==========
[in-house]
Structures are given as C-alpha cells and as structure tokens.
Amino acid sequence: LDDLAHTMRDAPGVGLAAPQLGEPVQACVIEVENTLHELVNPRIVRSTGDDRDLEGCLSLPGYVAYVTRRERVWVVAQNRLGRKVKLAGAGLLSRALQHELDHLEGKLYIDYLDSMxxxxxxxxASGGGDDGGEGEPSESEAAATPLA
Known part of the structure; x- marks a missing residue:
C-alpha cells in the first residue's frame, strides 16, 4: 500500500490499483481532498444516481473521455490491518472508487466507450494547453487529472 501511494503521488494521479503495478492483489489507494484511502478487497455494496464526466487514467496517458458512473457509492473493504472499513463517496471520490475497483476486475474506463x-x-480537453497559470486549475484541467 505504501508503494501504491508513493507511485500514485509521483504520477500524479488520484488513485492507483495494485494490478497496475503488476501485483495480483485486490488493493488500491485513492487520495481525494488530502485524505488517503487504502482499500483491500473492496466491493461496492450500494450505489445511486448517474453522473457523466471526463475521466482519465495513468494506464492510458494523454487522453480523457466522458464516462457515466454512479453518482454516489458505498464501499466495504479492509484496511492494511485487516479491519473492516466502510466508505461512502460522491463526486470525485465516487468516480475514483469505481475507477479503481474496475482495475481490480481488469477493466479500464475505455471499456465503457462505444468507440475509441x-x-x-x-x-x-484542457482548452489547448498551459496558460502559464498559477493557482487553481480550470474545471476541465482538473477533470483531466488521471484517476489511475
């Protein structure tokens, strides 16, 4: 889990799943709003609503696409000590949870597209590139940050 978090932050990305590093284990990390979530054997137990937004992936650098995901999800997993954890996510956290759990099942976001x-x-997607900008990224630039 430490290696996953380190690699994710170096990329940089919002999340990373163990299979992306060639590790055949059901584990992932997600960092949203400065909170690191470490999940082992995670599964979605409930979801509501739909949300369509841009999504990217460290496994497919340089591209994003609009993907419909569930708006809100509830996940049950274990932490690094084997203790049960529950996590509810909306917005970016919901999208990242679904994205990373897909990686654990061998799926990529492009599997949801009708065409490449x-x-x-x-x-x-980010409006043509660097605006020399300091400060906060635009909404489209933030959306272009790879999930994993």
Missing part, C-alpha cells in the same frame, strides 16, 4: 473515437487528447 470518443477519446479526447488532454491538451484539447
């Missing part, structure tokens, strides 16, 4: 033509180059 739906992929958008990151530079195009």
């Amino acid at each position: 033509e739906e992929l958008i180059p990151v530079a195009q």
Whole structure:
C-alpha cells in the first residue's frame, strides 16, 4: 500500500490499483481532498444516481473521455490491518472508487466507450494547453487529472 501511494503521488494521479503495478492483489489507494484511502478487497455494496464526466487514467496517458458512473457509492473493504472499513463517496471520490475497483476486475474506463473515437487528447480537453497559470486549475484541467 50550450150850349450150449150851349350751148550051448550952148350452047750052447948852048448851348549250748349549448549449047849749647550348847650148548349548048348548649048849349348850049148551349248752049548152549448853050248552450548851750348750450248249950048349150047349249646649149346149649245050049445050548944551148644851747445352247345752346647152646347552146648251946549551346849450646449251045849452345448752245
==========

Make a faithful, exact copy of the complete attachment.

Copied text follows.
[in-house]
Structures are given as C-alpha cells and as structure tokens.
Amino acid sequence: LDDLAHTMRDAPGVGLAAPQLGEPVQACVIEVENTLHELVNPRIVRSTGDDRDLEGCLSLPGYVAYVTRRERVWVVAQNRLGRKVKLAGAGLLSRALQHELDHLEGKLYIDYLDSMxxxxxxxxASGGGDDGGEGEPSESEAAATPLA
Known part of the structure; x- marks a missing residue:
C-alpha cells in the first residue's frame, strides 16, 4: 500500500490499483481532498444516481473521455490491518472508487466507450494547453487529472 501511494503521488494521479503495478492483489489507494484511502478487497455494496464526466487514467496517458458512473457509492473493504472499513463517496471520490475497483476486475474506463x-x-480537453497559470486549475484541467 505504501508503494501504491508513493507511485500514485509521483504520477500524479488520484488513485492507483495494485494490478497496475503488476501485483495480483485486490488493493488500491485513492487520495481525494488530502485524505488517503487504502482499500483491500473492496466491493461496492450500494450505489445511486448517474453522473457523466471526463475521466482519465495513468494506464492510458494523454487522453480523457466522458464516462457515466454512479453518482454516489458505498464501499466495504479492509484496511492494511485487516479491519473492516466502510466508505461512502460522491463526486470525485465516487468516480475514483469505481475507477479503481474496475482495475481490480481488469477493466479500464475505455471499456465503457462505444468507440475509441x-x-x-x-x-x-484542457482548452489547448498551459496558460502559464498559477493557482487553481480550470474545471476541465482538473477533470483531466488521471484517476489511475
């Protein structure tokens, strides 16, 4: 889990799943709003609503696409000590949870597209590139940050 978090932050990305590093284990990390979530054997137990937004992936650098995901999800997993954890996510956290759990099942976001x-x-997607900008990224630039 430490290696996953380190690699994710170096990329940089919002999340990373163990299979992306060639590790055949059901584990992932997600960092949203400065909170690191470490999940082992995670599964979605409930979801509501739909949300369509841009999504990217460290496994497919340089591209994003609009993907419909569930708006809100509830996940049950274990932490690094084997203790049960529950996590509810909306917005970016919901999208990242679904994205990373897909990686654990061998799926990529492009599997949801009708065409490449x-x-x-x-x-x-980010409006043509660097605006020399300091400060906060635009909404489209933030959306272009790879999930994993």
Missing part, C-alpha cells in the same frame, strides 16, 4: 473515437487528447 470518443477519446479526447488532454491538451484539447
């Missing part, structure tokens, strides 16, 4: 033509180059 739906992929958008990151530079195009």
């Amino acid at each position: 033509e739906e992929l958008i180059p990151v530079a195009q």
Whole structure:
C-alpha cells in the first residue's frame, strides 16, 4: 500500500490499483481532498444516481473521455490491518472508487466507450494547453487529472 501511494503521488494521479503495478492483489489507494484511502478487497455494496464526466487514467496517458458512473457509492473493504472499513463517496471520490475497483476486475474506463473515437487528447480537453497559470486549475484541467 50550450150850349450150449150851349350751148550051448550952148350452047750052447948852048448851348549250748349549448549449047849749647550348847650148548349548048348548649048849349348850049148551349248752049548152549448853050248552450548851750348750450248249950048349150047349249646649149346149649245050049445050548944551148644851747445352247345752346647152646347552146648251946549551346849450646449251045849452345448752245